Should you be asking your doctor about getting an annual CT scan? According to a recent study by the National Cancer Institute and by the American College of Radiology Imaging Network, an annual CT scan of current and former heavy smokers reduced their risk of death from lung cancer by 20 percent.The scan also seemed to reduce the risk of death from other causes as well. The results of the study show that for every three hundred people who underwent screening, one person lived who otherwise would have died.
Previously there was not a screening method that had proved effective at reducing lung cancer deaths. During the 1970’s there were four different randomized controlled trials of chest x-rays which found that while chest x-rays were effective at catching cancer at earlier stages, they had no overall effect on death rates. Because lung cancer has been hard to detect, it has a very high mortality rate – 85% of patients who develop lung cancer die from it.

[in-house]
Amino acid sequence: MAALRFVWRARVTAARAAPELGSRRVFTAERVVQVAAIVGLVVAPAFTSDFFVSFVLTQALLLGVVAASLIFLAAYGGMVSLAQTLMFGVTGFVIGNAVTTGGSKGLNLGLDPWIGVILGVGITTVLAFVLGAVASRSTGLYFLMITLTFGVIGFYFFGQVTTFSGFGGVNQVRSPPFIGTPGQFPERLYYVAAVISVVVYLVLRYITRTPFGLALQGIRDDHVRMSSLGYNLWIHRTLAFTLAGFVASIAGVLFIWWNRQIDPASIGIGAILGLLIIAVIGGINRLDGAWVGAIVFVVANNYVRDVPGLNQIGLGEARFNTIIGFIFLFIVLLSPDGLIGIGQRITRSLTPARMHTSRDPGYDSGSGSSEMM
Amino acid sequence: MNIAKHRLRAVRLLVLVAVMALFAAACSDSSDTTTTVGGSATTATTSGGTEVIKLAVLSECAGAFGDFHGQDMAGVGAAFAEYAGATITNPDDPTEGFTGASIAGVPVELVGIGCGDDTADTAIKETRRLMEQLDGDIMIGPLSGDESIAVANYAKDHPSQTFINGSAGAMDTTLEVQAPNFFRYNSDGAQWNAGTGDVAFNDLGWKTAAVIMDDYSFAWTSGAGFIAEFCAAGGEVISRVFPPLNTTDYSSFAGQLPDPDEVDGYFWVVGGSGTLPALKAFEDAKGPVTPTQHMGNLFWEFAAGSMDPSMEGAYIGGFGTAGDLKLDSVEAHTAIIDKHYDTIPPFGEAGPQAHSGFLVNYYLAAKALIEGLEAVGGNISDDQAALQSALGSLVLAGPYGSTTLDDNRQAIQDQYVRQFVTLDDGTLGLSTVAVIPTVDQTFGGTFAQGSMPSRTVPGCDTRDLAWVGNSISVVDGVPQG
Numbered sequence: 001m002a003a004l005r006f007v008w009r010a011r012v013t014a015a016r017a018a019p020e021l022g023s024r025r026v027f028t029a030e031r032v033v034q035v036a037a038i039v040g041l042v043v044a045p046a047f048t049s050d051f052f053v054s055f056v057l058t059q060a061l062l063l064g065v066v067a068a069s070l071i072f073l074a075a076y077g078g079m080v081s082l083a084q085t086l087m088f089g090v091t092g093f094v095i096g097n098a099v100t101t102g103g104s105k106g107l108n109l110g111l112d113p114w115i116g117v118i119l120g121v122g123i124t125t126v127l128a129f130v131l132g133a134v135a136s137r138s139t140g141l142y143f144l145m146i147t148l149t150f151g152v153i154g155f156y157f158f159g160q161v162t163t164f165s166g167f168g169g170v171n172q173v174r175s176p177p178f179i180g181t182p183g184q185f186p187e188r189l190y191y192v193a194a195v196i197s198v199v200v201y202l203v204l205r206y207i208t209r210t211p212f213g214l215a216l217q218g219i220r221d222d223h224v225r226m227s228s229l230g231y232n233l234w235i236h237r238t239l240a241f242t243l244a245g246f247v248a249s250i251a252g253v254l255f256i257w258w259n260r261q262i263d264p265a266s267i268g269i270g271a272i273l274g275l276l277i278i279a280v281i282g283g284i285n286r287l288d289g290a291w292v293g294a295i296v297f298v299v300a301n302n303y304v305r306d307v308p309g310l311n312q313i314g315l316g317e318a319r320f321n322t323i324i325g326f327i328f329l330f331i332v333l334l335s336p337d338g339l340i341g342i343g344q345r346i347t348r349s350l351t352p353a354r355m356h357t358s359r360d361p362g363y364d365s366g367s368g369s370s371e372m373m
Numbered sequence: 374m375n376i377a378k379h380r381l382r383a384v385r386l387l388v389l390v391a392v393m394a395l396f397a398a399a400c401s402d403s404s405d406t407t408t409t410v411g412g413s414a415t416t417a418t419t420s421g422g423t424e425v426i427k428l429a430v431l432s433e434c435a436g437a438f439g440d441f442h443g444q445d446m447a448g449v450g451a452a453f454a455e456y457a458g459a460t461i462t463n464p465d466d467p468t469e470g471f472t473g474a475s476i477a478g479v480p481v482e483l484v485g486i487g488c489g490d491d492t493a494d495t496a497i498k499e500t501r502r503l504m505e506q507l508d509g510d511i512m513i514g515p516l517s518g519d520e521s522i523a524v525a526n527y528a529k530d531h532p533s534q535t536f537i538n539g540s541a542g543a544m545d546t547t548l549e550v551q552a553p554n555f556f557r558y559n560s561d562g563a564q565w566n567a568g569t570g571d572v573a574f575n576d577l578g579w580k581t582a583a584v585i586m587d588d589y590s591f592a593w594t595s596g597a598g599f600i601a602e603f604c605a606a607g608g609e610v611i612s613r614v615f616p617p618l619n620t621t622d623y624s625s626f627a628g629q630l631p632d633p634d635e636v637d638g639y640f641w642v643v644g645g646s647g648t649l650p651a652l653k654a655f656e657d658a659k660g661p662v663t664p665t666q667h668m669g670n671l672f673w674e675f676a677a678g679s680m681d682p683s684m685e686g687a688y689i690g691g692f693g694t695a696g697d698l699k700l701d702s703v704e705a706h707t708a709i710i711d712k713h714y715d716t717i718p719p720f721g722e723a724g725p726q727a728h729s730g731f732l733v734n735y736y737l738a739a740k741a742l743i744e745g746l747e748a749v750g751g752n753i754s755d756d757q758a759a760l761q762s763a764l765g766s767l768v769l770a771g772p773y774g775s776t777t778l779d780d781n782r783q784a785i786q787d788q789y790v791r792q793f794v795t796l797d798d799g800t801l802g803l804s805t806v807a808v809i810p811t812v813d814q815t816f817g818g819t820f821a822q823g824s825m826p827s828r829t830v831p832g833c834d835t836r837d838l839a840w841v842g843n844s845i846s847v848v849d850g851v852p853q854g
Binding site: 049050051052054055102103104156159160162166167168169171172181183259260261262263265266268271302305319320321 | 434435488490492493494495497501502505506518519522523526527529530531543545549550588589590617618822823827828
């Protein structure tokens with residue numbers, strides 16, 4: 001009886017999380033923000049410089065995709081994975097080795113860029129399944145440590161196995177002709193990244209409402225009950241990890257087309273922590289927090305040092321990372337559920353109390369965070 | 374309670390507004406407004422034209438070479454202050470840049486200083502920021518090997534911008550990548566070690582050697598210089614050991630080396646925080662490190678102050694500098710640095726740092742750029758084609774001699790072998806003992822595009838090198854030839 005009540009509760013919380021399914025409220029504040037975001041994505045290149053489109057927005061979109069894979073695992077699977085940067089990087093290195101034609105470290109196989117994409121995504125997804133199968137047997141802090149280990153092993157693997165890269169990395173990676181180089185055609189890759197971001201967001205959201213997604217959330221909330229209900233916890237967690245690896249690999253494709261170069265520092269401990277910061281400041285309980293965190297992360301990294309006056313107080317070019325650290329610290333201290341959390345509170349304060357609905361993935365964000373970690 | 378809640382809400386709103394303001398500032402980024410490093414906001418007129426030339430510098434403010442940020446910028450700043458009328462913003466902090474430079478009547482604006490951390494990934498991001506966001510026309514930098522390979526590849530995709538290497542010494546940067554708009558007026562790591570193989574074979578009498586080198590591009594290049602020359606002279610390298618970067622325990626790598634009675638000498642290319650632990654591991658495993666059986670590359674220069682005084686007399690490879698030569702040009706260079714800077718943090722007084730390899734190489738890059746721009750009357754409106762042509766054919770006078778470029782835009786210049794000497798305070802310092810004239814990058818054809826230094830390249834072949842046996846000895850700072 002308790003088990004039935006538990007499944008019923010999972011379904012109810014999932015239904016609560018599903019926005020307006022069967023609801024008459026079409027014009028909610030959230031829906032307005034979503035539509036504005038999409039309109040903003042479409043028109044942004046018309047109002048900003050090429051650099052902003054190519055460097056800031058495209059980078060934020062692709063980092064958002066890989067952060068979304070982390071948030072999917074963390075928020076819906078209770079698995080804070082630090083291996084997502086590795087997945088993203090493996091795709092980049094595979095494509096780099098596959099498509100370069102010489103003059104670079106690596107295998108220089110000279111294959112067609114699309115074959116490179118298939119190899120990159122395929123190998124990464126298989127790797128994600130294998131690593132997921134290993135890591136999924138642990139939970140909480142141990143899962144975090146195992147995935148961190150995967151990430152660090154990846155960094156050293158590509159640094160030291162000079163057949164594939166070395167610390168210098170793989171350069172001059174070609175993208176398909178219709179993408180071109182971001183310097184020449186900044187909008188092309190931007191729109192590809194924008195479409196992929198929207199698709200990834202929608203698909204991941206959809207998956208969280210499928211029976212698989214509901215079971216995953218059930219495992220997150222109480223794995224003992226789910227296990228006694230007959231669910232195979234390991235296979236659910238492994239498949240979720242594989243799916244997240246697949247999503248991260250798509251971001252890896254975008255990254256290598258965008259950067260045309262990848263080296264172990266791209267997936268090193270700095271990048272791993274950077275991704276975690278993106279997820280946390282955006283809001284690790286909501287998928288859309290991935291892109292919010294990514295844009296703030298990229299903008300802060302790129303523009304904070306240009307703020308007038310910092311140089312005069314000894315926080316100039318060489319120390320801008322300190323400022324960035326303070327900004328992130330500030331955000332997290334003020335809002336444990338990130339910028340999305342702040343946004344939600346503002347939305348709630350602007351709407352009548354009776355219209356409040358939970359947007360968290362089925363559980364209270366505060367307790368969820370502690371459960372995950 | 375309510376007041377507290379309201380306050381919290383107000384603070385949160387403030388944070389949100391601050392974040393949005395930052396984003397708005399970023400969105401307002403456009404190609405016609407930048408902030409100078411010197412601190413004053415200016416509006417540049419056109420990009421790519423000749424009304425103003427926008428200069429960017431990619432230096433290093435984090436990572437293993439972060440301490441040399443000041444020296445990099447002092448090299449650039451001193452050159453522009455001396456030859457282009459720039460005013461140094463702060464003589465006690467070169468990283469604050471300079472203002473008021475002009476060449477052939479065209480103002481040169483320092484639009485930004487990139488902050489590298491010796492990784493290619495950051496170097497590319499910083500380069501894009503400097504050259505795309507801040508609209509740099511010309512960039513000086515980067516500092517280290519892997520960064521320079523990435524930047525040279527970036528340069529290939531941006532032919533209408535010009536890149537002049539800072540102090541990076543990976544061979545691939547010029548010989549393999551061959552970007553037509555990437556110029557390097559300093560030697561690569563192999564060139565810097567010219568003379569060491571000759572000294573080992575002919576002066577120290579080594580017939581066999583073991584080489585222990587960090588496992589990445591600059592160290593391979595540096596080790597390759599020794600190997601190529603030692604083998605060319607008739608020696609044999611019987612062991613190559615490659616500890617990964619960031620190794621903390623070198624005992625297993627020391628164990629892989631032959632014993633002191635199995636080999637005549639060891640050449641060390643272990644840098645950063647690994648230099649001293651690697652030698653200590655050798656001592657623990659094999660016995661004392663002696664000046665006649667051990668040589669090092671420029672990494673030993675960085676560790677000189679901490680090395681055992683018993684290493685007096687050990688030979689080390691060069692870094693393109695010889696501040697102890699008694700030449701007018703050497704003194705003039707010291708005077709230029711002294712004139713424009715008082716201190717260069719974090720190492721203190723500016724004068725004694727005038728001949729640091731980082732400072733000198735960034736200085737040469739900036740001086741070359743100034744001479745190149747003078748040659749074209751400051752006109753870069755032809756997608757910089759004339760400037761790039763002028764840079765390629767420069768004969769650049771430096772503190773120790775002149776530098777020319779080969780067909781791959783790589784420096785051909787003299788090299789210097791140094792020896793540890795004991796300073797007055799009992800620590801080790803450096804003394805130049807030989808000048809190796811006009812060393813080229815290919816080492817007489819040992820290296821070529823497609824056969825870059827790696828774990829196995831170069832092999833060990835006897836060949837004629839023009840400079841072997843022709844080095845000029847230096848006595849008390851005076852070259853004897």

This study was done with over 53,000 people ages 55 to 74 who were heavy smokers, meaning they had smoked at least one pack a day for 30 years or two packs a day for 15 years. People who had quit smoking within the past 15 years were also included in the study.
This study could have significant impact on how doctors screen for lung cancer although nothing has been put in place now in terms of treatment protocols. In particular this could be significant for older smokers, who have a one in ten chance of developing lung cancer. The United States has forty-six million people who smoke and tens of millions more who are previously smokers, and a widespread screening program could potentially cost billions.